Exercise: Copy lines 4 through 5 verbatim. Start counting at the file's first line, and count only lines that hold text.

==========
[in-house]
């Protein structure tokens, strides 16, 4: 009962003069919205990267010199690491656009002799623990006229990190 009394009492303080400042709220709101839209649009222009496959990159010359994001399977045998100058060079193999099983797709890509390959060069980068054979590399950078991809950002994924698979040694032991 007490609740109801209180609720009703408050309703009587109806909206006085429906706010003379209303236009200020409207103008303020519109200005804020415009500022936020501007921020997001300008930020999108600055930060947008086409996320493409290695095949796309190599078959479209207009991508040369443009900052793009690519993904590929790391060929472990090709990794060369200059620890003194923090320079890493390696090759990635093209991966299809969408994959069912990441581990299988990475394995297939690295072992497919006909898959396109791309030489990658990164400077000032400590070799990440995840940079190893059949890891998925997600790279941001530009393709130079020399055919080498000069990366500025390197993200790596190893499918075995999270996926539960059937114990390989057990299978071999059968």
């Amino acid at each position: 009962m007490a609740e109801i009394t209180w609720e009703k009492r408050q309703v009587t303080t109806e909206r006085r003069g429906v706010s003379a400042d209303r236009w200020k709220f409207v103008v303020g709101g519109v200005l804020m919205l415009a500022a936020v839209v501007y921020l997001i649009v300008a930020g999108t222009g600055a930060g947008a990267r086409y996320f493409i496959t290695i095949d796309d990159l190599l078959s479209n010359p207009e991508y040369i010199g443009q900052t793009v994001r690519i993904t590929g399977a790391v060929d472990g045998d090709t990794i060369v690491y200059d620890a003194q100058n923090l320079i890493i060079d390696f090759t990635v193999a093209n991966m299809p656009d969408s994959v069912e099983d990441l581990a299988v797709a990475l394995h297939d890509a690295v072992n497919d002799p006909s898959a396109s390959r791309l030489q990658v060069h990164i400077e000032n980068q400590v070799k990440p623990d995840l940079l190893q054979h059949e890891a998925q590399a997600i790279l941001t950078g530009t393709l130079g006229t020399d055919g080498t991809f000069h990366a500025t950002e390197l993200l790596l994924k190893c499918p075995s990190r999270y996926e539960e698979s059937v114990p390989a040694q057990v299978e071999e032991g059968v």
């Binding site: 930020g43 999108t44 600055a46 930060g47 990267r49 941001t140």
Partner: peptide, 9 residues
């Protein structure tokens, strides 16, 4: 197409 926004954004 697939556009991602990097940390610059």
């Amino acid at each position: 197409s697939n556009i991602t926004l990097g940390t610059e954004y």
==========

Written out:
């Binding site: 930020g43 999108t44 600055a46 930060g47 990267r49 941001t140």
Partner: peptide, 9 residues